Tag Archives: waffle

Text Wrapping within Tableau Panes

I recently got a request for help with a wrapping challenge. Not holiday presents, instead text wrapping in Tableau. Here’s a demo view illustrating the problem:

There’s a whole bunch of ellipses (…) where there’s too much data to display. The only options Tableau gives us in this case are to:

  • Change the order of the text by sorting the Product Name dimension.
  • Manually change the size of each pane by resizing the headers.
  • Use the Fit options to dynamically Fit Width, Fit Height, or Entire View.

The manual sizing is problematic because it won’t dynamically adjust to the number of marks, and in the case of views with lots of marks like this one it takes a lot of effort to figure out what size will get all the marks, never mind that the list of values is really hard to read:

And while the Fit options are great at ensuring a view with only a few marks takes up the available space when there are many marks it ends up either not displaying values or creating overlapping values depending on the settings.

Controlling X + Y

In this view the mark layout–either no pills or only discrete (blue) pills on Rows and Columns– is generating a pane for each distinct combination of header values and then Tableau’s mark stacking algorithm is laying out the text. So at this point we’re stuck and can’t do anything about what Tableau is up to. This is where we need to keep in mind one of the master Tableau concepts: everything is a scatterplot. If Tableau won’t place the marks where we want them then we can generate our own X + Y coordinates whether by adding data or creating our own calculations. This is the approach taken by the tile maps introduced to Tableau by Brittany Fong or or as a model of the solar system that I made awhile back: . More recently Ken Flerlage did a great introduction on his Beyond Show Me series of blog posts.

Therefore “all” we need to do is figure out where to place the marks. More on that in a moment, there are two more details I want to go into:

Green Panes vs. Blue Panes: Pane Sizing

Tableau’s logic around what generates a pane vs. marks in a pane is a little complicated so I’m going to keep this focused on three key elements, here are the first two:

  1. All panes created by a given combination of pills are the same size.
  2. (corollary to #1) If we resize one header or axis then all the other panes for that header or axis will resize as well. Tableau does this because it’s easier to visually parse (read) a view that has consistent sizing of elements.

Here’s a view with COUNTD(Product Names) on Text & Color with just discrete (blue) pills on Rows and Columns:

Somehow we need to fit 509 Product Names into the pane for Q4 2015/Office Supplies. If I resize Office Supplies to be taller then both Furniture & Technology change as well:

The same goes if I’ve got a continuous axis to place X/Y coordinates on. In this view I’ve simply put MIN(0) and MIN(1) on Columns & MIN(0) Rows and we can see a set of axes:

If I resize MIN(1) on Columns then to make it wider then all of the panes for MIN(0) and MIN(1) on Columns are resized.

So we can’t really dynamically resize panes to fit the data, all we can do is fit more or less into a pane. Therefore the desired solution can’t involve resizing panes, instead we will need to be generating more or fewer panes, and that leads to the next point around panes.

Green Panes vs. Blue Panes: Number of Panes

The third key element around green panes and blue panes is this:

  1. a) Continuous pills generate an axis for every discrete pill header. b) Discrete pills generate a header for every value of the pill.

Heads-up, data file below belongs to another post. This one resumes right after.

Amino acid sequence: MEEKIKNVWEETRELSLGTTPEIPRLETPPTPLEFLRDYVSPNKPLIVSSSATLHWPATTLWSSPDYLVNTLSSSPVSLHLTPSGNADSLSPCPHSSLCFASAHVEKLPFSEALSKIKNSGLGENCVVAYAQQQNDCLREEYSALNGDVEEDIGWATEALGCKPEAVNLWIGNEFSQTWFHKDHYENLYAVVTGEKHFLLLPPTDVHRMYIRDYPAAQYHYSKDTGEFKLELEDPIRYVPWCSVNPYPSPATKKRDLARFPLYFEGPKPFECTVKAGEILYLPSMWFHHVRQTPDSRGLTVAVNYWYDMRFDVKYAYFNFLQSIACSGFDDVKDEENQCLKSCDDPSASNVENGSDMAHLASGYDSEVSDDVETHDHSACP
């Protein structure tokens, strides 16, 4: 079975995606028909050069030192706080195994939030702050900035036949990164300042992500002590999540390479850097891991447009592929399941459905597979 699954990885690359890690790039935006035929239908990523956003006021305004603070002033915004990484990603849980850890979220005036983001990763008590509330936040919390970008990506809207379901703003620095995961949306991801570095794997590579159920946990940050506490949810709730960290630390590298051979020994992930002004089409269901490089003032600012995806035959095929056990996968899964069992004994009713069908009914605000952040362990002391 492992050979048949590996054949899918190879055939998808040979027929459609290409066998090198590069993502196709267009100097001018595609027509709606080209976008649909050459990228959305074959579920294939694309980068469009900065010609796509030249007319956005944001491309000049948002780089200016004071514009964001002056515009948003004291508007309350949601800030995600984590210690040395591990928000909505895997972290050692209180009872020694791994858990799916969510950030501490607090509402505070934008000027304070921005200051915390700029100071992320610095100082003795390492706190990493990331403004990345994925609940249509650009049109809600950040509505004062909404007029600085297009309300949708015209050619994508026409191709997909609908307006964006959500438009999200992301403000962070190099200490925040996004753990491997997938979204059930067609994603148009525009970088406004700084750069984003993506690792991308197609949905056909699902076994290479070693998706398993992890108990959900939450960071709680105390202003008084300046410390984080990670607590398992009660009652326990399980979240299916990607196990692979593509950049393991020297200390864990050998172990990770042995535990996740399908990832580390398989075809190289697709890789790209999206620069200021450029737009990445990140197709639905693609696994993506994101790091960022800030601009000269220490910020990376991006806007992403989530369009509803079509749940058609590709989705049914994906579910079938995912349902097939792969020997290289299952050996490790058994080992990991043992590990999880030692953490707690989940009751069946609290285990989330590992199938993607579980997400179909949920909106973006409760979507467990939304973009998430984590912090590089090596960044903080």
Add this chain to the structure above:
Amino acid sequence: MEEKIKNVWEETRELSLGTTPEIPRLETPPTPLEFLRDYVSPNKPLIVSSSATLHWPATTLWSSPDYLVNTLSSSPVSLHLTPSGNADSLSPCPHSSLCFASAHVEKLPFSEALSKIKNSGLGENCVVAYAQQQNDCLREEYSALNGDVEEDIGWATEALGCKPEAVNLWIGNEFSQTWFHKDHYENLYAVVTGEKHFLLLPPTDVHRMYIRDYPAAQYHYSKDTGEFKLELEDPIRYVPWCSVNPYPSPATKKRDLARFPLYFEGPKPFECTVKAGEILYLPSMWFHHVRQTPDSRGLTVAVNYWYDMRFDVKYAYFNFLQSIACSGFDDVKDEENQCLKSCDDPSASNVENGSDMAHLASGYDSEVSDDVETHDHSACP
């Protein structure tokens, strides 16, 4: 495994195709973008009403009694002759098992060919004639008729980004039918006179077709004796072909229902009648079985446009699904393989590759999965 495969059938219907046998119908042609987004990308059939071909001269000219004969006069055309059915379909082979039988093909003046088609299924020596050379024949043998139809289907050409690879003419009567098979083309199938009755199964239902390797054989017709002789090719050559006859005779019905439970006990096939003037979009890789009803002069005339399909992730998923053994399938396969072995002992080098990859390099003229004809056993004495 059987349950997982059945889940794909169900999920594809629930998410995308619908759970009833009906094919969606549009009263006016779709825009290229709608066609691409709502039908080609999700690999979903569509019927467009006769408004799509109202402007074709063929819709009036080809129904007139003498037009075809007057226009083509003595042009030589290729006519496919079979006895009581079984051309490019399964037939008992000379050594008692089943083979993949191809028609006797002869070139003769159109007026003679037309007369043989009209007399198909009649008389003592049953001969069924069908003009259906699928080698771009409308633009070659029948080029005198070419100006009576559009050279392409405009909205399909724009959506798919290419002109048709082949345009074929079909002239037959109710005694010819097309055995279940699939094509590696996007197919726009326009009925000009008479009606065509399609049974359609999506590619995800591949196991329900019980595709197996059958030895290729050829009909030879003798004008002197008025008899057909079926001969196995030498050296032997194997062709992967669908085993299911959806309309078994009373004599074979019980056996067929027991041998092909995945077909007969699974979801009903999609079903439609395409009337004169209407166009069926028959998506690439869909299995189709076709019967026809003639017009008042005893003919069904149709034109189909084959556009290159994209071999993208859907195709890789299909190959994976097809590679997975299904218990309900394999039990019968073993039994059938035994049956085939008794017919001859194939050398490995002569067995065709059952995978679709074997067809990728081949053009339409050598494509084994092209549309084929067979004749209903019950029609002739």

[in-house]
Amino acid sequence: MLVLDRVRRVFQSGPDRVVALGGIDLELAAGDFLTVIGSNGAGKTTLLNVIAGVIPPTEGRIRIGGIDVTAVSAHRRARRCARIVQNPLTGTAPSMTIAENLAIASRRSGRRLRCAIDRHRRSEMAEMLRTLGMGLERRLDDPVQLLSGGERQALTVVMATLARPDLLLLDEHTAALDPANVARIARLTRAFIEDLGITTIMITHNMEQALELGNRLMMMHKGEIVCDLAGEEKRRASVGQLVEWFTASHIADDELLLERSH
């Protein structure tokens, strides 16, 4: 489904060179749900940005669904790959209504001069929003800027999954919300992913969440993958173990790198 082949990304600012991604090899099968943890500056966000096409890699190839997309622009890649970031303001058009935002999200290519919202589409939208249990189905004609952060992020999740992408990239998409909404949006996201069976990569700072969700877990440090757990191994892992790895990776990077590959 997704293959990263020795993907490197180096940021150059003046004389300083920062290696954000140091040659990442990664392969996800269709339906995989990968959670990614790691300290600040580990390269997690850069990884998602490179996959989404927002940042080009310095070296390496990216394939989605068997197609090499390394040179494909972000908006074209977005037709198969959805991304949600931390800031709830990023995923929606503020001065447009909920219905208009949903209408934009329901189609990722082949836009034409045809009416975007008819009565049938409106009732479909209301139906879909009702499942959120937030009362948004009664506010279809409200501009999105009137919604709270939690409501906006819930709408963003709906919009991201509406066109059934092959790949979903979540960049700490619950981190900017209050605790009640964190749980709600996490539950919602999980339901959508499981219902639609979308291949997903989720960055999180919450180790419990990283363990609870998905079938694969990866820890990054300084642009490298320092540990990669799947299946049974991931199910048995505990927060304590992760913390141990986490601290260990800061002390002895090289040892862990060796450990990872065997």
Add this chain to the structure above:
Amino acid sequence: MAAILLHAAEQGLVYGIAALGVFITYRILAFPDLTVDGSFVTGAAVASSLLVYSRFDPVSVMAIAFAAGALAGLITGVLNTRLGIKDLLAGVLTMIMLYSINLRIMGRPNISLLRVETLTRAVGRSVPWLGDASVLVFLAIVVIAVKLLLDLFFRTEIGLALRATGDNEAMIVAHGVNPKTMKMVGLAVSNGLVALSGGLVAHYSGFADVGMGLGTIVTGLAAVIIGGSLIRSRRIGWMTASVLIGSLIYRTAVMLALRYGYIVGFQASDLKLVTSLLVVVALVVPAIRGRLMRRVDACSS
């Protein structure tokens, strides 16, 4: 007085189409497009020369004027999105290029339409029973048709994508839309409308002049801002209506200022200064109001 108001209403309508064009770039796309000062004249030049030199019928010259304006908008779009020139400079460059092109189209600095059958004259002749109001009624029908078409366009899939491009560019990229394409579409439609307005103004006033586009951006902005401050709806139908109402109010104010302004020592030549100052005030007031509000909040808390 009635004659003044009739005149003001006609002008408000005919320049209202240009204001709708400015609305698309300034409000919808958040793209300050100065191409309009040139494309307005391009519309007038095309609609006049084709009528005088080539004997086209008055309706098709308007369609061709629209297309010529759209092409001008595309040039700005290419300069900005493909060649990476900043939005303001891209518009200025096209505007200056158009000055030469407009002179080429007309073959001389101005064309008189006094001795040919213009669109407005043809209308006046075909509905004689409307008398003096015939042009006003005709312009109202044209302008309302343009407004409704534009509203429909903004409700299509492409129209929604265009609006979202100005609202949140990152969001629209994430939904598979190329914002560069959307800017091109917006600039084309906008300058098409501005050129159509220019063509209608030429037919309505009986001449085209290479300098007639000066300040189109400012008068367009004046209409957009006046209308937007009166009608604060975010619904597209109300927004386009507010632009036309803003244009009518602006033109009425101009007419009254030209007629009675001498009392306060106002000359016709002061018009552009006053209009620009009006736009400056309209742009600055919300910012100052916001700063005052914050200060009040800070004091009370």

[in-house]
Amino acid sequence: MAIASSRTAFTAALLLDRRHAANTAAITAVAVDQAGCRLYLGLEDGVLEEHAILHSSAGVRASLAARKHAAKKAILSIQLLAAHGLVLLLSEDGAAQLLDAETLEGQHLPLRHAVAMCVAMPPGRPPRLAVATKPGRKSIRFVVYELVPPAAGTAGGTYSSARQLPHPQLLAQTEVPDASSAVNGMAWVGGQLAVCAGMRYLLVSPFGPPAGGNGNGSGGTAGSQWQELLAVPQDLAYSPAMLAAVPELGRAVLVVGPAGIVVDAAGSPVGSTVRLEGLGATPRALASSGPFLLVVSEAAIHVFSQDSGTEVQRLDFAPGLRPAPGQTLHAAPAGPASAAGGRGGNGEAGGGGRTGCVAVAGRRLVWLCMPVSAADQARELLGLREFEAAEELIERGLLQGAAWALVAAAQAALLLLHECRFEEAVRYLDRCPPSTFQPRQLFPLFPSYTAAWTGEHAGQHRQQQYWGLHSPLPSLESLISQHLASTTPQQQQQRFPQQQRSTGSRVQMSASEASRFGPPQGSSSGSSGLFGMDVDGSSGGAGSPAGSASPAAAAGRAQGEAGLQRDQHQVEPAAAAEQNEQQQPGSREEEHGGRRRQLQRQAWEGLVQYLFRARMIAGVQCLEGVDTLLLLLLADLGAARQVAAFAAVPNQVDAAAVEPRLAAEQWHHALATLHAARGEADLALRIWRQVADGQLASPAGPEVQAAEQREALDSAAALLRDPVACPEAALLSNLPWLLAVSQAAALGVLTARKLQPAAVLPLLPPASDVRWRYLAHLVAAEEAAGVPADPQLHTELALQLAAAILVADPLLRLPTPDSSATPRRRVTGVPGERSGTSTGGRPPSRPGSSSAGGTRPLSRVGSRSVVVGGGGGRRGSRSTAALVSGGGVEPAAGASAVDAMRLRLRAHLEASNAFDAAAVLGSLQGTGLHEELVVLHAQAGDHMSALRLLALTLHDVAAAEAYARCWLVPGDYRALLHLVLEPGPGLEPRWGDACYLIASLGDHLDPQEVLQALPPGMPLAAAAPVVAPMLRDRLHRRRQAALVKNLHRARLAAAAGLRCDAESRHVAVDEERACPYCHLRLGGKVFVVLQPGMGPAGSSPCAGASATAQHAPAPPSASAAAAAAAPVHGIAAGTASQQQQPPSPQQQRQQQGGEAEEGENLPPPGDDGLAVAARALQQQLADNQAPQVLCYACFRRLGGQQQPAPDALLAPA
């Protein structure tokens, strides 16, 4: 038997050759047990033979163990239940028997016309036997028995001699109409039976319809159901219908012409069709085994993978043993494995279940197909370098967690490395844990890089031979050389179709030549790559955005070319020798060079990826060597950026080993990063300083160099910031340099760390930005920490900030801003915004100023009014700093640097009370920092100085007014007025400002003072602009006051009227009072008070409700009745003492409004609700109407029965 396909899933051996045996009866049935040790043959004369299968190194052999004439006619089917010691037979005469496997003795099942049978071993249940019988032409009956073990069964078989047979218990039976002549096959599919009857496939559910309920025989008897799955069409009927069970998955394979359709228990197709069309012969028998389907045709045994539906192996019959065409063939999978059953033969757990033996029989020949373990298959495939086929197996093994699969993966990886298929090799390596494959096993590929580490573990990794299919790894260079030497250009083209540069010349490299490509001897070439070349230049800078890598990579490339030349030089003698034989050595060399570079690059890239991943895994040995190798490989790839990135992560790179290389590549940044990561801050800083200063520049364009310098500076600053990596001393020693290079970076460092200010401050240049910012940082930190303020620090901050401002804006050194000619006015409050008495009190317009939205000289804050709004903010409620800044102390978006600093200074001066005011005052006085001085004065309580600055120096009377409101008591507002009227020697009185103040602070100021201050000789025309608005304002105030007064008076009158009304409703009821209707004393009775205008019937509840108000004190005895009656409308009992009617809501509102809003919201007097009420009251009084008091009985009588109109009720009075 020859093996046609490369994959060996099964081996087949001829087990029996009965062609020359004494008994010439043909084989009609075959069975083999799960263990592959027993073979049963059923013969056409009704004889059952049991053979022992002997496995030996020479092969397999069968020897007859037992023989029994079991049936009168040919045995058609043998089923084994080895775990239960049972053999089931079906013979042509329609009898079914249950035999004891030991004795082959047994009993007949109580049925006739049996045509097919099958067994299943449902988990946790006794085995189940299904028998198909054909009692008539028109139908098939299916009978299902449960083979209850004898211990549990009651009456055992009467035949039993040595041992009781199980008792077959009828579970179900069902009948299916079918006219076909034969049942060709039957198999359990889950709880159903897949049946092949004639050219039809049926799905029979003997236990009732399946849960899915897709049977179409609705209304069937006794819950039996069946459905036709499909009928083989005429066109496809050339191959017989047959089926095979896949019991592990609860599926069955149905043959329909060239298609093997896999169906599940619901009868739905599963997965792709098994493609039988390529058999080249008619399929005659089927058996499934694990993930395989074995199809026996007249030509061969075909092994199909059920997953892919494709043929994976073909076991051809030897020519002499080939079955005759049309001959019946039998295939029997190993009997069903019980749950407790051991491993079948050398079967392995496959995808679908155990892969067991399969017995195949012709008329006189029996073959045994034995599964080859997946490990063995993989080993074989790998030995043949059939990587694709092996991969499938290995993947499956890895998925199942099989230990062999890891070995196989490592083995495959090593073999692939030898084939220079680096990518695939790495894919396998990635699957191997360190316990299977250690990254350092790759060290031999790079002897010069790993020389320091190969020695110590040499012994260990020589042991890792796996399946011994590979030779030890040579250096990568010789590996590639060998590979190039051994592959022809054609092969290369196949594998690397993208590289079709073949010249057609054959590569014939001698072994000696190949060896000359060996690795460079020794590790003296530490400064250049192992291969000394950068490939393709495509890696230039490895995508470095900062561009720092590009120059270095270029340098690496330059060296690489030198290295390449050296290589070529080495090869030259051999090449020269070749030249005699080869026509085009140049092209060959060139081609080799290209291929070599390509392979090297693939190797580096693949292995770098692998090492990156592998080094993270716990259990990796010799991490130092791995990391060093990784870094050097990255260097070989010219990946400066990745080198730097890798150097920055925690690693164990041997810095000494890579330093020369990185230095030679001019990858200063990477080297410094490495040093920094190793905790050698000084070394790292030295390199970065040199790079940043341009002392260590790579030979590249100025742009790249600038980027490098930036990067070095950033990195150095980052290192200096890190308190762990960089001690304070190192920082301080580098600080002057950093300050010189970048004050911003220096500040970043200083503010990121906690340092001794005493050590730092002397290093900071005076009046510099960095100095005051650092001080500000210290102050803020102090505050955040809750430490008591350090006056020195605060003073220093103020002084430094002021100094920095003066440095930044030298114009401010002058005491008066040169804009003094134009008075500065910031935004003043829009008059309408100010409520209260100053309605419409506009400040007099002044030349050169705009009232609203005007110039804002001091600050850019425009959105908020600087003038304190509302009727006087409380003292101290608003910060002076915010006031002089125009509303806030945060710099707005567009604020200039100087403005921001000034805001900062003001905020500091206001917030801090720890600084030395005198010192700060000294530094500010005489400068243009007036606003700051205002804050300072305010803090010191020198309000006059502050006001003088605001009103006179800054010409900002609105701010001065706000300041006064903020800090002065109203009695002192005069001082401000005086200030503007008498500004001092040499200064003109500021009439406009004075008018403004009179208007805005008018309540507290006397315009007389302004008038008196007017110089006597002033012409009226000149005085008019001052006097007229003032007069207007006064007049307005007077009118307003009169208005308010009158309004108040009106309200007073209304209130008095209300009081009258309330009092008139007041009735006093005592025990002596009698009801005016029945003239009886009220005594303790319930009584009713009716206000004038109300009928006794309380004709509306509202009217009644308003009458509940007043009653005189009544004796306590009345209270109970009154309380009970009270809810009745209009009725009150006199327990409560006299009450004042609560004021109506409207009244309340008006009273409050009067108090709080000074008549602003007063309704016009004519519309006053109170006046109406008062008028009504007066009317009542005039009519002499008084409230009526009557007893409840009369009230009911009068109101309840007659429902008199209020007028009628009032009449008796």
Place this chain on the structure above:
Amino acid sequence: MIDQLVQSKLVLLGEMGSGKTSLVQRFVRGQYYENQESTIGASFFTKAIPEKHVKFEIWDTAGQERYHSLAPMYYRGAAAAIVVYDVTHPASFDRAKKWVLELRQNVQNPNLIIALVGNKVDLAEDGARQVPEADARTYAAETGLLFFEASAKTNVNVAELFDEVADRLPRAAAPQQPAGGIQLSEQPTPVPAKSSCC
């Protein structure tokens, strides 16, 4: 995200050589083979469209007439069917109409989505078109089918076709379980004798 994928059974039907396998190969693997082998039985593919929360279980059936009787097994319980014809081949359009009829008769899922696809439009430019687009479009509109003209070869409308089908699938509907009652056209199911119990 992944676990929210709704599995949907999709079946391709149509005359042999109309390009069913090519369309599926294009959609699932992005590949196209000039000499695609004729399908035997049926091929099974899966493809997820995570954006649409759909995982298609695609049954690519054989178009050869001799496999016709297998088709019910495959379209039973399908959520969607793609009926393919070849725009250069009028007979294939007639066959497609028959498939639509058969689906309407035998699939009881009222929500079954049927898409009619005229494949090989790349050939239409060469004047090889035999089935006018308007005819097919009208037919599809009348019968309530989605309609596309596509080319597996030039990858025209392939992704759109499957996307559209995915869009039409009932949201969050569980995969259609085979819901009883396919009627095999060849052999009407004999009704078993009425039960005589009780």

We can see a) in action in the continuous views above, with MIN(0) and MIN(1) on Columns we get two axes for each quarter/year combination. So to add more axes we’d need to add more continuous pills but we can’t dynamically add them, and the number of axes ultimately depends on the discrete pills anyway so discrete is the way to go.

We can see b) in the discrete views above, there’s a header for each quarter in each year. Where this gets a little more interesting (and more useful in our case) is when the data is sparse, as in this case where the Avery products are not sold in every customer Segment:

Avery 5 is only sold in one segment so there is only a single header for Consumer, whereas Avery 494 is sold in all three segments so there’s a header for each.

So how this comes together is that in reating X/Y coordinates for positioning the text in our desired view we’re going to use discrete headers that can give us just enough headers (and no more) for the task, here’s a pic of the desired view with those headers:

Packing the Marks: the Algorithm

I experimented with some different layouts and looked at the following factors:

  • In each pane there’s a list of 0 or more values (marks).
  • At least in English when we’re reading lists we tend to make them top to bottom and when more is needed we add another column to the right.
  • There’s a balance in readability between too many columns vs. too tall columns. When there are many columns already then adding more columns for the list makes the view harder to read; in other words, a “tall” view with fewer columns is easier to read than a “wide” view.
  • When the panes in a row or panes in a column have different numbers of marks it’s important to efficiently stack the marks: too much white space can make the view harder to read.
  • A stacking layout that is closer to a differently-sized squares is easier to read than one that ends up with differently-sized rectangles.

The algorithm I came up with is a variation on the panel chart layout I used in Waffle Charts and Unit Charts on Maps that uses table calculations. The algorithm does the following:

  • Calculates the index for each mark in a pane using INDEX() and the number of marks in a pane using SIZE(). These calculations are used in the following calculations.
  • Counts the number of mark columns needed for each pane where there’s a Max # of Mark Columns. parameter to set a “no more than” value to prevent views from getting too wide. Then a nested calculation counts the maximum number of mark columns in each column.
  • Once we have the number of mark columns then the algorithm computes the number of mark rows for each pane, and then gets the maximum number of mark rows for each row.
  • Finally the mark row position and mark column position can be computed based on the index for each mark in the pane and the available number of rows and columns.

I numbered the calculations so they can be each brought into a workout view in order with their compute using set and validated before moving to the next calc. Calcs 1 & 2 require a compute using on the dimension to be used on Text and Calcs 4 & 6 have nested compute usings, see the comments on the calcs for details.